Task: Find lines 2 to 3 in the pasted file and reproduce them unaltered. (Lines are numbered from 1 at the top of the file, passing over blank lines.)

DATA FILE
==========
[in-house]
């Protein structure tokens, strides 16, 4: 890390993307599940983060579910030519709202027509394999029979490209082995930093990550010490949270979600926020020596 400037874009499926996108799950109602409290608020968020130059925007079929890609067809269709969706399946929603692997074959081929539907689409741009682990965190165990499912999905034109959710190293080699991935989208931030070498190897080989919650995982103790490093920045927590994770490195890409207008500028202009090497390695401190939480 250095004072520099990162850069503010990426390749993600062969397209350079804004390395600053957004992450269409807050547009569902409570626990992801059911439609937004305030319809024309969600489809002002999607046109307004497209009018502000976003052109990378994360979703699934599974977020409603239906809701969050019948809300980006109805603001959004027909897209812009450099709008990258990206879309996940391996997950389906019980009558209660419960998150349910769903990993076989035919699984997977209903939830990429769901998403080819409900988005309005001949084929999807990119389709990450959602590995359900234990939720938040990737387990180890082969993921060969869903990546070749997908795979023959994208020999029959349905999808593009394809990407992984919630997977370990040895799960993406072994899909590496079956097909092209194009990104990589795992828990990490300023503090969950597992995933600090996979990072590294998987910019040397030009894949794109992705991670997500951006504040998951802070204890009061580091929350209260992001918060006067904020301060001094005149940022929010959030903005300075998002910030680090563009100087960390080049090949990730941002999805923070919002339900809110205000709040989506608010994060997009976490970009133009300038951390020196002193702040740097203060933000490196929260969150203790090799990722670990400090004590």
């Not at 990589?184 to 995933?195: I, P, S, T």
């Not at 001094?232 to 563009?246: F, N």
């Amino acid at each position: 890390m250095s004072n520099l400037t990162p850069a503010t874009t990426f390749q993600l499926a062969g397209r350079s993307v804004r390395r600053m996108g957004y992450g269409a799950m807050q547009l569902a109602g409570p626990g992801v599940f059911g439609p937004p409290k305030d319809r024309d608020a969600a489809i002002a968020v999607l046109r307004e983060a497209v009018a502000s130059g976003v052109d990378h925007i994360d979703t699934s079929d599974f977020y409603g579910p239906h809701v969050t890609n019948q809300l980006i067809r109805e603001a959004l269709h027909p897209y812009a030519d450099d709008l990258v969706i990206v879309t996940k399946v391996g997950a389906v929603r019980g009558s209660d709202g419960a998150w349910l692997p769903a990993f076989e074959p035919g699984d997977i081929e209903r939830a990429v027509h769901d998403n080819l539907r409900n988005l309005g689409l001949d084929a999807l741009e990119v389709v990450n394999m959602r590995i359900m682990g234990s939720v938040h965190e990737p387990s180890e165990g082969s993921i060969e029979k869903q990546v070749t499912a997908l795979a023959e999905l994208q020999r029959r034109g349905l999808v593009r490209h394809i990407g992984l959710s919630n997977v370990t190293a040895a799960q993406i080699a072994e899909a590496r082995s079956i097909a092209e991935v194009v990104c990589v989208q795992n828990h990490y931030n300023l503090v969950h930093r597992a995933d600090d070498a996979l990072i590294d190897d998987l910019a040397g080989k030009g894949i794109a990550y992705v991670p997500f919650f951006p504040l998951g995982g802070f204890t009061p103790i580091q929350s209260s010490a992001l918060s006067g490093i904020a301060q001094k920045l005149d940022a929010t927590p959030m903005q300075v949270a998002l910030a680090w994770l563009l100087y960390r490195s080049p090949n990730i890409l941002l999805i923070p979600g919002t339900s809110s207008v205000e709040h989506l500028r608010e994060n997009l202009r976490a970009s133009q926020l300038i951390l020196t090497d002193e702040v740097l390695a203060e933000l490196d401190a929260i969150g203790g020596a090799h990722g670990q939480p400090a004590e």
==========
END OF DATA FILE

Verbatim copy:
């Protein structure tokens, strides 16, 4: 890390993307599940983060579910030519709202027509394999029979490209082995930093990550010490949270979600926020020596 400037874009499926996108799950109602409290608020968020130059925007079929890609067809269709969706399946929603692997074959081929539907689409741009682990965190165990499912999905034109959710190293080699991935989208931030070498190897080989919650995982103790490093920045927590994770490195890409207008500028202009090497390695401190939480 250095004072520099990162850069503010990426390749993600062969397209350079804004390395600053957004992450269409807050547009569902409570626990992801059911439609937004305030319809024309969600489809002002999607046109307004497209009018502000976003052109990378994360979703699934599974977020409603239906809701969050019948809300980006109805603001959004027909897209812009450099709008990258990206879309996940391996997950389906019980009558209660419960998150349910769903990993076989035919699984997977209903939830990429769901998403080819409900988005309005001949084929999807990119389709990450959602590995359900234990939720938040990737387990180890082969993921060969869903990546070749997908795979023959994208020999029959349905999808593009394809990407992984919630997977370990040895799960993406072994899909590496079956097909092209194009990104990589795992828990990490300023503090969950597992995933600090996979990072590294998987910019040397030009894949794109992705991670997500951006504040998951802070204890009061580091929350209260992001918060006067904020301060001094005149940022929010959030903005300075998002910030680090563009100087960390080049090949990730941002999805923070919002339900809110205000709040989506608010994060997009976490970009133009300038951390020196002193702040740097203060933000490196929260969150203790090799990722670990400090004590």
């Not at 990589?184 to 995933?195: I, P, S, T």